The growing trend of distributing vouchers to employees to avoid taxes has raised eyebrows in the Greek government, which has moved to crack down on unprecedented levels of tax evasion in the cash-strapped country.
The government says vouchers are allowed only as an extra benefit and not as part of a taxable salary.
But according to Greek media reports, more than 200,000 workers, mostly newcomers, receive up to 25% in their salary via vouchers, which they use in supermarkets to buy food. The total amount, according to the reports, reaches €300 million annually.
Up to a specific amount, the vouchers are tax-free for businesses, which are also exempt from employer security contributions.
A source at the Greek labour ministry told EURACTIV.com that replacing any part of the legal wage of employees with vouchers is illegal.
“Vouchers are only allowed as an extra benefit and in no case can they be a substitution for legally defined earnings,” the source noted, adding that all complaints filed with the Labour Inspectorate are being investigated.
As of June, companies are required to pay salaries only to bank accounts in order to put a stop to the practice of avoiding paying salaries altogether or paying only a fragment.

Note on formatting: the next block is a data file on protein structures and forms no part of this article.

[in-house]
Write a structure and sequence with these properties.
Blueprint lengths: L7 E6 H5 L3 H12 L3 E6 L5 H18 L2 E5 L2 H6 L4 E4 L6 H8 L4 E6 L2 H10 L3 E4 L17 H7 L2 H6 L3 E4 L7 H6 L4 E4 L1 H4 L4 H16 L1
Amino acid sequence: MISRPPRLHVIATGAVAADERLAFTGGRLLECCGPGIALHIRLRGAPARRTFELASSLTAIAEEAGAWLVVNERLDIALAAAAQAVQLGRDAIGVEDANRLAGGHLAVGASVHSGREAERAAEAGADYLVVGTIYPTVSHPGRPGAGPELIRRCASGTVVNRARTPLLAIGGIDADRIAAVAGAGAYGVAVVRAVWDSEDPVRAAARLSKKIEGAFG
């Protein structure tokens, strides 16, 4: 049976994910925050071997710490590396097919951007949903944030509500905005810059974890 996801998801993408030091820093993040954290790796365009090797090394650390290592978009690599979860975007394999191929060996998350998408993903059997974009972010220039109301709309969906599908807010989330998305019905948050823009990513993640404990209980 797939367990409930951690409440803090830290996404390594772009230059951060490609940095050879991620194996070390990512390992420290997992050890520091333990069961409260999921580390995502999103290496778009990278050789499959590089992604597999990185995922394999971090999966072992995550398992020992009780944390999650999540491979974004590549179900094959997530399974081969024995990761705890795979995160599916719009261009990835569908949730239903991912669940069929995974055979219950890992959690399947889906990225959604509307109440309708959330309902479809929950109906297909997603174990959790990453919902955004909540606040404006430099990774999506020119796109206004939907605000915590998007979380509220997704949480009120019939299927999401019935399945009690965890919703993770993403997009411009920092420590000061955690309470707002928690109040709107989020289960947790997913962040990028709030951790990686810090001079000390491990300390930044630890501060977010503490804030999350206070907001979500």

“The Labor Inspectorate (SEPE) is in constant collaboration with Greece’s Financial and Crime Unit (SDOE), the financial police and the Independent Public Revenue Authority to address all forms of labour market violations and the coordination of their audit work,” the source said.
What are vouchers?
Vouchers are coupons companies distribute to their employees to improve work, health and safety by supporting proper nutrition.
The rationale behind vouchers is that they process will enhance satisfaction and boost productivity levels while improving the employee living standards.
For the government, the proper use of vouchers should also result in more tax revenues.
The labour market in Greece has been in turmoil after 7 years of austerity-driven bailout programmes. There are cases of employers who have taken advantage of the “flexible” labour relations to impose unusual working conditions.
For many, the use of vouchers is seen as a means to improve the atmosphere at work.
Sotiris Zarianopoulos, a non-attached MEP from the Greek Communist Party (KKE), has recently asked the European Commission about these practices.
The Greek lawmaker noted that this is only a part of a “jungle labour market” created by EU policies and implemented by the leftist Syriza government.
“[Through this process] the profitability of business groups is boosted since they are exempted from paying social security contributions and enjoy tax deductions,” he said.
Contacted by EURACTIV, a Commission official briefly said: “If properly used, vouchers can be useful.”
Charis Theocharis, a centrist Greek lawmaker, told EURACTIV that isolated cases of vouchers’ misuse should not do undermine their added value to employees.
“It’s an additional tool to improve the labour conditions as well as workers’ productivity on condition that the principles of legality are respected,” said.